Star Trek: The Next Generation: Season 5, Episode 17

The Outcast (14 Mar. 1992)

TV Episode  -   -  Action | Adventure | Sci-Fi
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Ratings: 6.6/10 from 717 users  
Reviews: 7 user | 5 critic

While aiding an androgynous race who lost a couple of members in an unmapped region of space, Riker falls for one of them, which can lead to trouble if detected, since the alien race does not endorse gender specificity.



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Title: The Outcast (14 Mar 1992)

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Episode cast overview:
Melinda Culea ...
Callan White ...


The Enterprise obliges the androgynous Genai race's request to investigate a mysterious shuttle disappearance. When a probe follows an inexplicable neutrino emission, it too suddenly vanishes without a trace, possibly the first-ever documented 'null-space', which absorbs all electro-magnetic forces around it. Riker will attempt to chart it in a shuttle with the Gennai Soren. While contemplating the differences between social and biological life with or without gender-distinctions they become close. Entering the null-space, they find the shuttle and beam back with its crew of two to the Genai's green planet, where they fall in love. Soren is arrested for loving sexually and sentenced to psycho-technic perversion therapy... Written by KGF Vissers

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Release Date:

14 March 1992 (USA)  »

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Aspect Ratio:

1.33 : 1
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Did You Know?


Melinda Culea is the third The A-Team (1983) regular or semi-regular to guest star on Star Trek: The Next Generation (1987). The first two were Lance LeGault who played Captain K'Temoc in Star Trek: The Next Generation: The Emissary (1989) and Dwight Schultz who played Lieutenant Barclay in Star Trek: The Next Generation: Hollow Pursuits (1990) and several reappearances. See more »


Some viewers have noted that Soren tells Commander Riker that there are no 'hes' and 'shes' in Soren's species, but when she later speaks of her former classmate, she too uses the terms 'he' and 'him'. However, as Riker has said he feels uncomfortable using the pronoun "it" it's likely that Soren is simply adjusting her language to accommodate Riker. Also the classmate felt being male so using "he" would be logical choice. See more »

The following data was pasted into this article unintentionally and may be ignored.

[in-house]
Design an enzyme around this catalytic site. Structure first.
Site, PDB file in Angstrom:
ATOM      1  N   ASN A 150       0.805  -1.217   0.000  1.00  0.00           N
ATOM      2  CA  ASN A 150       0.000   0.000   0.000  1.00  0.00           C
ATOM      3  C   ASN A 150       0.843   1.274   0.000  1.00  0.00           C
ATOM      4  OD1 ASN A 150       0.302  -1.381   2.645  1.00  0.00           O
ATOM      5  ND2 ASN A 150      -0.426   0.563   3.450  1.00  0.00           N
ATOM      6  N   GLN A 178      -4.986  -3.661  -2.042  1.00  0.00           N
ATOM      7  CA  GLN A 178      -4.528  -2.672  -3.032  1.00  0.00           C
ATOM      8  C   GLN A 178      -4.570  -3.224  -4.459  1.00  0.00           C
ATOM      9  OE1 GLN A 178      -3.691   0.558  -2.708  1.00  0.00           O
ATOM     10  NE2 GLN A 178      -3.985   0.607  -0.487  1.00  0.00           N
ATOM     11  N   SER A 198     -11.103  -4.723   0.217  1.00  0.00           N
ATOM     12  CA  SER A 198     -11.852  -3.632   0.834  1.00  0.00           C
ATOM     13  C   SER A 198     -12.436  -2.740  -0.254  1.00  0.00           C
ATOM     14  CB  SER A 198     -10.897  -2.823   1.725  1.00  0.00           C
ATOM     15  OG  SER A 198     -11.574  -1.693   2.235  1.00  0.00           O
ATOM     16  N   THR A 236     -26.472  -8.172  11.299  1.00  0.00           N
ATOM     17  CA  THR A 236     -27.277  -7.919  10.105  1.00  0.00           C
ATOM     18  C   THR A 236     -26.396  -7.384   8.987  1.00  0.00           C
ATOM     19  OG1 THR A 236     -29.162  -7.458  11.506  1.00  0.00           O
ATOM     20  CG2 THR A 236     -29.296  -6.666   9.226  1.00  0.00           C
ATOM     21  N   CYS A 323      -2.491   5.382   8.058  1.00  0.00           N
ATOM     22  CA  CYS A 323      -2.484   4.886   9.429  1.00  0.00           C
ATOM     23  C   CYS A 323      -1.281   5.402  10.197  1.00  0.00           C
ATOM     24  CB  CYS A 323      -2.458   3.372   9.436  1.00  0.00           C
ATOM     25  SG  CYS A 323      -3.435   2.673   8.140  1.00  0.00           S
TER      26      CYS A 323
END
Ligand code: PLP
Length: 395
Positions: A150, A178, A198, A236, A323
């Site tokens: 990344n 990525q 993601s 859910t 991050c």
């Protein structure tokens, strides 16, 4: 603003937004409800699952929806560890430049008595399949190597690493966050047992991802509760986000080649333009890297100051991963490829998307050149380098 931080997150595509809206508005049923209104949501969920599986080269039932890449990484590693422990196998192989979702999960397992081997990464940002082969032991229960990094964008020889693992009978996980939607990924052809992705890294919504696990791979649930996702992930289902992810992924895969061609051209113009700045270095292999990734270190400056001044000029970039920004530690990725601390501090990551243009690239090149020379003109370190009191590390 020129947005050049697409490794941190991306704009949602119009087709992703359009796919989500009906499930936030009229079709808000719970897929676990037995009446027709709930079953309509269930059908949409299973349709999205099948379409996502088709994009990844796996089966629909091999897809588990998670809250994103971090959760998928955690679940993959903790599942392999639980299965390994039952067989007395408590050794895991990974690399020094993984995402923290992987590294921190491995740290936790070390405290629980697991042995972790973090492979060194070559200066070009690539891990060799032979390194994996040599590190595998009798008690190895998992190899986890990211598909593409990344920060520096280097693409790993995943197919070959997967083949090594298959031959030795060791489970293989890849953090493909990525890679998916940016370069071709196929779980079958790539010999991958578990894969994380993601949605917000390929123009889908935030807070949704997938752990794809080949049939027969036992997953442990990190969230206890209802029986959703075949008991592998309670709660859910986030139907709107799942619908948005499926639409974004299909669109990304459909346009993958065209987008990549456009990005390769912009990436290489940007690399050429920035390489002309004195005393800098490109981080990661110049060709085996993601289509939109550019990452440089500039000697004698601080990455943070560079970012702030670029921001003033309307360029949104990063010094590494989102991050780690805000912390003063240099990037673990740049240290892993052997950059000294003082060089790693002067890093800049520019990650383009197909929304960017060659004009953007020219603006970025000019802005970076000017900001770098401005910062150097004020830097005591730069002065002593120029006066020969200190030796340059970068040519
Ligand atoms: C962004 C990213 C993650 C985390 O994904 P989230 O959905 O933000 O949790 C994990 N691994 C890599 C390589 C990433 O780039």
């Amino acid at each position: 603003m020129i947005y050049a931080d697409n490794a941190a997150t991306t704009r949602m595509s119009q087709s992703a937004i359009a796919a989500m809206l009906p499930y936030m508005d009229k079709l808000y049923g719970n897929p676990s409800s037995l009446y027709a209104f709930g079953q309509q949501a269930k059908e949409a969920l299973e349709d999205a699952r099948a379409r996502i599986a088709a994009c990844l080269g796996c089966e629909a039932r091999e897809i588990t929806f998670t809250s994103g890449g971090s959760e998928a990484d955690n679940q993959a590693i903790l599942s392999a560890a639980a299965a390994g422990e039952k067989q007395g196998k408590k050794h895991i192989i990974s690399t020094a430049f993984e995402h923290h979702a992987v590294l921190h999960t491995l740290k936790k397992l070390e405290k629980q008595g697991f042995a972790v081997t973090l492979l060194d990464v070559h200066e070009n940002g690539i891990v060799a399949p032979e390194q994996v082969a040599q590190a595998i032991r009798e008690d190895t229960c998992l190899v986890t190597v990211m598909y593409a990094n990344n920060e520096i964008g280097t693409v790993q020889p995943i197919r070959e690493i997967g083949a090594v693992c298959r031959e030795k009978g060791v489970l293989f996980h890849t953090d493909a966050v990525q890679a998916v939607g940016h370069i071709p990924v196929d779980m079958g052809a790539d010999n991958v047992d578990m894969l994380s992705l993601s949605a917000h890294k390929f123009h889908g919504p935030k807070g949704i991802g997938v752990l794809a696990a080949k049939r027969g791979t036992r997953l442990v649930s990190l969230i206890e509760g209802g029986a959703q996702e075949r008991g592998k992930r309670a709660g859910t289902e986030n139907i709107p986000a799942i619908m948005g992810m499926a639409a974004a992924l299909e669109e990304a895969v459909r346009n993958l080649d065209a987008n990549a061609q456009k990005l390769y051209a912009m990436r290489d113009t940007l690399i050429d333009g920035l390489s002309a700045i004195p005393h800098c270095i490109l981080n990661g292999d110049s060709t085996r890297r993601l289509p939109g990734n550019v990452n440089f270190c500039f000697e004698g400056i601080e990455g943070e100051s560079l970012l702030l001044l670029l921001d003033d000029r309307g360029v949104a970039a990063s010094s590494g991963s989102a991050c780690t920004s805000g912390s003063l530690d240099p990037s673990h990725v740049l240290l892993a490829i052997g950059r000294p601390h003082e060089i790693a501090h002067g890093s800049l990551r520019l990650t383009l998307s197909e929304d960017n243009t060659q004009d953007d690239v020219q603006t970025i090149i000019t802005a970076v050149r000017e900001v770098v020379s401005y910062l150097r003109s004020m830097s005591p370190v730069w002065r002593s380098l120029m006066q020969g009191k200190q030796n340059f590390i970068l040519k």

[Riker is protesting against the psychotectic therapy Soren is to undergo]
Commander William T. Riker: Did it occur to you that she might like to stay the way she is?
Noor: No, you don't understand. We have a very high success rate in treating deviants like this, and, without exception, they become happier people after their treatment, and grateful - that we care enough to cure them. You see, Commander, on this world, everyone *wants* to be normal.
Commander William T. Riker: She is!
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Star Trek: The Next Generation Main Title
Composed by Jerry Goldsmith and Alexander Courage
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User Reviews

At times, EXTREMELY preachy but also ahead of its time.
24 November 2014 | by (Bradenton, Florida) – See all my reviews

This episode probably wasn't received well by many when it was first aired in 1992, as it addresses homosexuality and inter-sex beings-- topics that were rarely talked about on American TV in the early 90s. Because of this, it was rather groundbreaking. The only serious problem with the show is that at times, especially near the end.

Riker, the intergalactic playboy, is working with a person from Genai. Soren is from a planet where everyone is androgynous--and she is quite curious about human sexuality. She and Riker talk about this quite a bit during their mission together and you eventually learn that Soren is unusual for one of the Genai, she has sexual urges towards males. However, she MUST keep it a secret, as on her planet inter-sex is the only option. And, she is attracted to Riker...and vice-versa. What's going to happen if anyone on Genai learns about Soren's 'perversion'?

The show had a lot of good points and the relationship between Riker and Soren was very interesting. My only complaint is that the show was incredibly unsubtle and preachy near the end--with Riker speechifying instead of uttering dialog. Still, it's well worth seeing.

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